Tax & Assurance Guidance

6 Common Misconceptions About the R&E Tax Credit Mean Too Many Companies Are Leaving Money On the Table

Posted on July 2, 2018 by

Clayton & Mckervey

Clayton & McKervey

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Clayton & McKervey, a certified public accounting and business advisory firm helping closely held businesses compete in the global marketplace, recommends that businesses reconsider the Research & Experimentation (R&E) tax credit as a tool to strategically improve their bottom line. The benefit, also known as the R&D tax credit, is available for the development or improvement of products, processes, techniques, formulas, inventions or software, but many companies are not claiming this credit or utilizing it to the fullest extent, according to Sarah Russell, CPA, a Clayton & McKervey shareholder and the point person for Research & Experimentation tax strategies at the firm.

“Studies have found that less than 10 percent of U.S. companies are taking advantage of this tax incentive,” Russell said. “There are many misconceptions surrounding the R&E credit from what expenditures qualify to current tax law to how much benefit will be awarded. Companies that devote time to properly documenting their activity through an R&E study can expect their credit to be about 6.0–6.5 percent of qualified research expenditures—which can add up to a $275,000 savings in tax dollars for a C corporation with $1 million in taxable income, for example.”

Russell also notes that because the R&E tax credit is a dollar-for-dollar credit against the taxpayer’s federal income tax liability, companies may get a twofold benefit—the deduction in the year the expenditure is paid, as well as by claiming the tax credit.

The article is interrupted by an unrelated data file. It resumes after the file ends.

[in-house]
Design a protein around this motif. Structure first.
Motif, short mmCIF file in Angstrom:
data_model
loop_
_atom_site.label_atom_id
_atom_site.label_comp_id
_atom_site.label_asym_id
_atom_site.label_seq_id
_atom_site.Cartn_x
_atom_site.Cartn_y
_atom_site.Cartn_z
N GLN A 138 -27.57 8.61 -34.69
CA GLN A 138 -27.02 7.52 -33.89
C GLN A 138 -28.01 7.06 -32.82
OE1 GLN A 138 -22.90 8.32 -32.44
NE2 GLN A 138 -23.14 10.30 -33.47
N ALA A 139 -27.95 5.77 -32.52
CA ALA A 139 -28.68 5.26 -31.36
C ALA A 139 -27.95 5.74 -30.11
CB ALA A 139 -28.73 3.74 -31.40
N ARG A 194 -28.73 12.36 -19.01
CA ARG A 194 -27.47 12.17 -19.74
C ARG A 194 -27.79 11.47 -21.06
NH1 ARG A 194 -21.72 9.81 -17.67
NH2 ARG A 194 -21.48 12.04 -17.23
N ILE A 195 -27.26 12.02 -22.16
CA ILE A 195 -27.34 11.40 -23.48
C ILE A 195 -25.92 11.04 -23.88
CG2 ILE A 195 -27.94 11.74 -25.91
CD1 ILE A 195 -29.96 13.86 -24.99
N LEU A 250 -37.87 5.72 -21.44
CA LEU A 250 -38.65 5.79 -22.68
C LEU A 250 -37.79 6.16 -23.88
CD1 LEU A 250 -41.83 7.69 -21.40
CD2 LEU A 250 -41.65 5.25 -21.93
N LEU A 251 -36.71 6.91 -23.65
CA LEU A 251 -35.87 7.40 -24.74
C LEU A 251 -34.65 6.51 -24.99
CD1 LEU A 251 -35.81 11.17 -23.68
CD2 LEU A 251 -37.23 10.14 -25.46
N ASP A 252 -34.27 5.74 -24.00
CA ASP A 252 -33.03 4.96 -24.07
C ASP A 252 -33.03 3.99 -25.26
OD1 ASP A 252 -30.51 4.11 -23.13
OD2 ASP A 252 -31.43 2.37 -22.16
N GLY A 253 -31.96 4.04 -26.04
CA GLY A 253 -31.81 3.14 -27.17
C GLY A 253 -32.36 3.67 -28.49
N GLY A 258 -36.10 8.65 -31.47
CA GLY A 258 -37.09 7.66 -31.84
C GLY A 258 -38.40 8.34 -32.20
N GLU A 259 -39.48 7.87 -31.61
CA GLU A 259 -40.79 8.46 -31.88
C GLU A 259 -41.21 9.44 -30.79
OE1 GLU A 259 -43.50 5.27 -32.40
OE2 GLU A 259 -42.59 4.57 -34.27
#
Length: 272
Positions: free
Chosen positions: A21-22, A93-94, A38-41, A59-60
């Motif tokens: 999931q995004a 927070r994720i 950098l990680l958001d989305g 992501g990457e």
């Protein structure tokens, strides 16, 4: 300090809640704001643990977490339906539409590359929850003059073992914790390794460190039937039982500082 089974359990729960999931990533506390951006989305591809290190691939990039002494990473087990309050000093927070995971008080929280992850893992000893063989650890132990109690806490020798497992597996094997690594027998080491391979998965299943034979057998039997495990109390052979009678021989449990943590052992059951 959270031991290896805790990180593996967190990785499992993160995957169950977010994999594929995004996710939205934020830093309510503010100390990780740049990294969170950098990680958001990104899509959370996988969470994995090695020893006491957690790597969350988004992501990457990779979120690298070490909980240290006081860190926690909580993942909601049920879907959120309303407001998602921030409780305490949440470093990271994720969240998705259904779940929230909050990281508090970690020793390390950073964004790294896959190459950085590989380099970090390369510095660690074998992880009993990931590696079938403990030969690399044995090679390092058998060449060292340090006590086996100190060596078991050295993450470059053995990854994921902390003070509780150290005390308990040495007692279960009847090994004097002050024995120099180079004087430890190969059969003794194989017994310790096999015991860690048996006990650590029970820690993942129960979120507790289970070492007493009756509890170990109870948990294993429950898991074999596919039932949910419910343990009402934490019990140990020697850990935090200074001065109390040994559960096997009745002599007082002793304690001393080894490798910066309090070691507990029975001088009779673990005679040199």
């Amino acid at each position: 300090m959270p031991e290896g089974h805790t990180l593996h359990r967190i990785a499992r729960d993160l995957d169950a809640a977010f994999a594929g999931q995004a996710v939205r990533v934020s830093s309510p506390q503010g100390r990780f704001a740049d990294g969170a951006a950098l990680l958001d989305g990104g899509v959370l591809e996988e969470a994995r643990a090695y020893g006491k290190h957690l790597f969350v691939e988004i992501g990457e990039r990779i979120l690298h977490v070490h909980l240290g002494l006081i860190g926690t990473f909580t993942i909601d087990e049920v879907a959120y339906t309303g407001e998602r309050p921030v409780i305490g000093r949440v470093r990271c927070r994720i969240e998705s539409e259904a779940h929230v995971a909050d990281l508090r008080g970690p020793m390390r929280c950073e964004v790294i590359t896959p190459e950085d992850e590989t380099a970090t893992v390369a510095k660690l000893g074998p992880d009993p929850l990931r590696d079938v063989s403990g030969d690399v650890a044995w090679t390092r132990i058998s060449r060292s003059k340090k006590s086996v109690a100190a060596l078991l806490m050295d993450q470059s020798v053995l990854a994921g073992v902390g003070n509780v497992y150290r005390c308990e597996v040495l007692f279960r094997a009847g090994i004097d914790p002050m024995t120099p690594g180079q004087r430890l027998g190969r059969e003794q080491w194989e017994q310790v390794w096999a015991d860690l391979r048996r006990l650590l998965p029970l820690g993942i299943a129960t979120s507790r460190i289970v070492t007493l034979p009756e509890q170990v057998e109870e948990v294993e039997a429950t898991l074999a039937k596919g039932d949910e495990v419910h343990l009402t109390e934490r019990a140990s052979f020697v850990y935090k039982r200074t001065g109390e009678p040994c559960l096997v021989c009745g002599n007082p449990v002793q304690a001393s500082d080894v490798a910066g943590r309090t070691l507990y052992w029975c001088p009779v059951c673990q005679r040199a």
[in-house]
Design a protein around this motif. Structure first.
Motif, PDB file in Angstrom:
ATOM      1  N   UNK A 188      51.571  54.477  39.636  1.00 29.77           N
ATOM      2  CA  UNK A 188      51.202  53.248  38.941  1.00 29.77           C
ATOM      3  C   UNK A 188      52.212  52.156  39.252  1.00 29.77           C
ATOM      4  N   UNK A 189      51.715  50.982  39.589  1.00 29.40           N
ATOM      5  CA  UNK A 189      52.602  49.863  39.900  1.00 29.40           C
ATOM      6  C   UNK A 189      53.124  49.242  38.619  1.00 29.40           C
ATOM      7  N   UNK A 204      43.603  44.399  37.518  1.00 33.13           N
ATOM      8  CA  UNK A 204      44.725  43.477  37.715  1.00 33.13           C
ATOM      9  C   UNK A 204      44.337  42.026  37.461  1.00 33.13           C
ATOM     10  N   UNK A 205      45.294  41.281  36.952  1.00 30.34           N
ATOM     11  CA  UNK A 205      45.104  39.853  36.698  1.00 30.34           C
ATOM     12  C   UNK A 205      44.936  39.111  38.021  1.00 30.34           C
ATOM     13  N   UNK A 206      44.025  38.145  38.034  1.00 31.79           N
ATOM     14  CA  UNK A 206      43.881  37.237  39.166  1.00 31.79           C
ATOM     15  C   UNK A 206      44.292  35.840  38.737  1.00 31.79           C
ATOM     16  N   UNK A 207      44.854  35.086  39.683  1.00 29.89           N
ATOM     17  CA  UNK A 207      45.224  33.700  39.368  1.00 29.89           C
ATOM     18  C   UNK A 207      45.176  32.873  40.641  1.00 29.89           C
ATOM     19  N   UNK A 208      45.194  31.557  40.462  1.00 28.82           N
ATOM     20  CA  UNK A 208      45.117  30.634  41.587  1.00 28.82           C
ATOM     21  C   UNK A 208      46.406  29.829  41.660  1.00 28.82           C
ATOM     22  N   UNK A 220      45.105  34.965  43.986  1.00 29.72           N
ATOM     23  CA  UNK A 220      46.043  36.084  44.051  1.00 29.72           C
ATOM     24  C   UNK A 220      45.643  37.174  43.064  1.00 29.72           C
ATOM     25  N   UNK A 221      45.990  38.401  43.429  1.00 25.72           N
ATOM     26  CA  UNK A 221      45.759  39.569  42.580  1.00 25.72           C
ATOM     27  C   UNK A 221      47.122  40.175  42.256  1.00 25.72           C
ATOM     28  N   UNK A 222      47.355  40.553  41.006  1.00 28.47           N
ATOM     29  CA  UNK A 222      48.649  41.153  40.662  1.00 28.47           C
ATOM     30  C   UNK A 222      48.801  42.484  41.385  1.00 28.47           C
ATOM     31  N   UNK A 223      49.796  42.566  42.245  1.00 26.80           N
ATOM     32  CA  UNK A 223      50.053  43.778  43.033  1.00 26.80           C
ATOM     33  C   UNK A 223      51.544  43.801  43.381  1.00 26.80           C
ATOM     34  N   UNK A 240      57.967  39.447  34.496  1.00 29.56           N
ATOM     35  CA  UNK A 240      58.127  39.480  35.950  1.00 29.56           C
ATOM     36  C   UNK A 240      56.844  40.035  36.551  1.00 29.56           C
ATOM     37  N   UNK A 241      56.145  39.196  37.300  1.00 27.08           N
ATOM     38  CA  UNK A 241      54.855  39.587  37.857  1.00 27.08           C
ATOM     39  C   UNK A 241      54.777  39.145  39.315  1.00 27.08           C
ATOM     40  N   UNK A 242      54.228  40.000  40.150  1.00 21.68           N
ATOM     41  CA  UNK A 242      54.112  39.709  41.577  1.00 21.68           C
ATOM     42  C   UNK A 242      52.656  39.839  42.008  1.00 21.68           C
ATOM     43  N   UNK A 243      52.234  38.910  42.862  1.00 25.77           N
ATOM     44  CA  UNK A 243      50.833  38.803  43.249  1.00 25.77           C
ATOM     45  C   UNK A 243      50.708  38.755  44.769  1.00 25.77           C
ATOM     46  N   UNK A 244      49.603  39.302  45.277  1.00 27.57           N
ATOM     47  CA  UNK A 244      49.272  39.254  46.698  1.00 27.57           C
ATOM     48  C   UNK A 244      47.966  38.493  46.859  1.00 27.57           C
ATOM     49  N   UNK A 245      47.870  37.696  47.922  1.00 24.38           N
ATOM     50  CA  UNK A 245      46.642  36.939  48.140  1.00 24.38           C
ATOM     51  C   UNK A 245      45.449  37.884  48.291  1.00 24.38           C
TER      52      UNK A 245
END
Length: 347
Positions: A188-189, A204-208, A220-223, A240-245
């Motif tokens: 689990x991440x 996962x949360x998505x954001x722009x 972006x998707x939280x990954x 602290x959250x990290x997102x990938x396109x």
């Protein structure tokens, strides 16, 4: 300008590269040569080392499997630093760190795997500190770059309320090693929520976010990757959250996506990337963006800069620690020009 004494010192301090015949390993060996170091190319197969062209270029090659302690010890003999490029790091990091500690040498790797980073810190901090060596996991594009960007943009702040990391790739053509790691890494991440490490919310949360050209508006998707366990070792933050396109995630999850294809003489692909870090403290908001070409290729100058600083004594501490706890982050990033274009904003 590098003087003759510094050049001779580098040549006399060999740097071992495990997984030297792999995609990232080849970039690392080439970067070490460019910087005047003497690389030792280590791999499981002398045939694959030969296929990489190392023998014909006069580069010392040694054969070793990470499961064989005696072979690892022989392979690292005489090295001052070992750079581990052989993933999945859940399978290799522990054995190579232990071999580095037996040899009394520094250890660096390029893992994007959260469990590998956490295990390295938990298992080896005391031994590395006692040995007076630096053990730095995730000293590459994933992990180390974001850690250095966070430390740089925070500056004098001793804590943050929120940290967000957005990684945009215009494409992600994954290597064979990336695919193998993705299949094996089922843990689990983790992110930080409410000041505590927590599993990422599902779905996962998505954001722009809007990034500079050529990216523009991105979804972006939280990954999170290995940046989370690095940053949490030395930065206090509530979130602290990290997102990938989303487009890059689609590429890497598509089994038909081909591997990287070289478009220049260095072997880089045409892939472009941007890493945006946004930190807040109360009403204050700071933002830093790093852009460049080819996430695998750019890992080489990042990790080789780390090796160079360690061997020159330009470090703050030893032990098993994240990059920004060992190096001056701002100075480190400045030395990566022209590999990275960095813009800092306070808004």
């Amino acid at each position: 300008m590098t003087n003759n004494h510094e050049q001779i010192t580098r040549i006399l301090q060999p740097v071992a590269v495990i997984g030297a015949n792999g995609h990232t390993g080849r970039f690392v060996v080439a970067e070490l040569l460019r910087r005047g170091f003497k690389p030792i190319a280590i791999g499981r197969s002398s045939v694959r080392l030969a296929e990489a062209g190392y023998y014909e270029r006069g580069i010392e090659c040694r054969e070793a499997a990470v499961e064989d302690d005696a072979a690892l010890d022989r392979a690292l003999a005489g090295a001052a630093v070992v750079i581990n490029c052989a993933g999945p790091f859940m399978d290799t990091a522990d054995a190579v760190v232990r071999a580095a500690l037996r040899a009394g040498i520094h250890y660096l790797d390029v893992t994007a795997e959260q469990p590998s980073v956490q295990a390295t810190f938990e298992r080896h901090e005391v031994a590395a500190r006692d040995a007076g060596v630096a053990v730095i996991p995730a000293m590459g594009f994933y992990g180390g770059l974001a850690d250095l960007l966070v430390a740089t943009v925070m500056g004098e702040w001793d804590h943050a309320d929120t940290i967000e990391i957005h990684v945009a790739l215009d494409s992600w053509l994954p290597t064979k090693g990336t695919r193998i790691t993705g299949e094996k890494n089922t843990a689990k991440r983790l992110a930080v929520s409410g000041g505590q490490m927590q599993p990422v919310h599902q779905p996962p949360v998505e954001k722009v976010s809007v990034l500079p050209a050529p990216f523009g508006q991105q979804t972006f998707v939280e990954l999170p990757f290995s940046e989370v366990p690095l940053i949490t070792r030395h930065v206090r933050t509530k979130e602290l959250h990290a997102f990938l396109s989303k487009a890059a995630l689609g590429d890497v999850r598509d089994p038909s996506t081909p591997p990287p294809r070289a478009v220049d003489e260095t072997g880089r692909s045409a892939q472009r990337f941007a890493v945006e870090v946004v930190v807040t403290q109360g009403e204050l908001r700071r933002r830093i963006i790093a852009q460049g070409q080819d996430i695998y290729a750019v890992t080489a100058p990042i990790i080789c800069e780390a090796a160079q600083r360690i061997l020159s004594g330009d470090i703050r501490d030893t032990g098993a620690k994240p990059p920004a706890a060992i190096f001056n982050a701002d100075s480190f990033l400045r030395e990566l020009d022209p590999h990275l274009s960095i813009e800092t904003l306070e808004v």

Russell clarifies the six most common misconceptions about the R&E tax credit:

1.) The Tax Cuts & Jobs Act (TCJA) of 2017 will negatively impact the R&E tax credit.

Fact: TCJA further expanded the utilization of the credit by eliminating AMT for C corporations. Staring in 2018, large corporations (gross receipts over $50 million) no longer are subject to the alternative minimum tax (AMT) limitation which previously impacted the R&E.

2.) The R&E tax credit is not permanent and will eventually go away.

Fact: The passage of the Protecting Americans from Tax Hikes Act of 2015 (PATH Act) made the R&E permanent—granting greater flexibility to companies so they can better plan and prepare for an R&E study. PATH also allows eligible small businesses to offset regular and AMT liabilities and certain start-ups to offset the employer’s portion of FICA payroll tax liabilities.

3.) Inventions have to be groundbreaking or patentable to be considered for an R&E tax credit.

Fact: Activity does not have to be breakthrough; it can be evolutionary in nature, such as improvements to existing products or processes as long as they’re made to eliminate uncertainty.

4.) If the project does not move forward, it does not qualify for an R&E credit.

Fact: Failure is an option in this case; proof of failed activity supports the R&E credit claim because there is documentation of intent to remove uncertainty.

5.) The company is not showing a profit so it won’t benefit from an R&E credit.

Fact: While it’s true that the company must be profitable to utilize the credit, a business still should look into the R&E even if it’s not reporting a profit. Why? If the business is structured as an S corporation or a limited liability corporation (LLC), wages of active owners can be included. Also, the credit can be carried forward 20 years and back one year, so prior returns can be amended to reflect qualifying activity in profitable years and companies can plan ahead a year before projecting profitability.

6.) The company already deducts expenses related to R&E so it’s covered.

Fact: While the company may be getting a deduction, the actual tax credit will be worth more than only R&E deductions alone. Federal regulations allow for companies to receive the twofold benefit of both the deduction and the credit.

Russell says some of the best candidates for the R&E tax credit are companies that have business related to technology, industrial production and design, and also some machine shops, tool and die shops, and custom machine manufacturers.

“Anyone in the business of improving industrial production processes through controls, automation or system integration should definitely consider the R&E tax credit,” Russell said. “It’s worth a second look to make sure the business is receiving all the money it can.”

Clayton & McKervey

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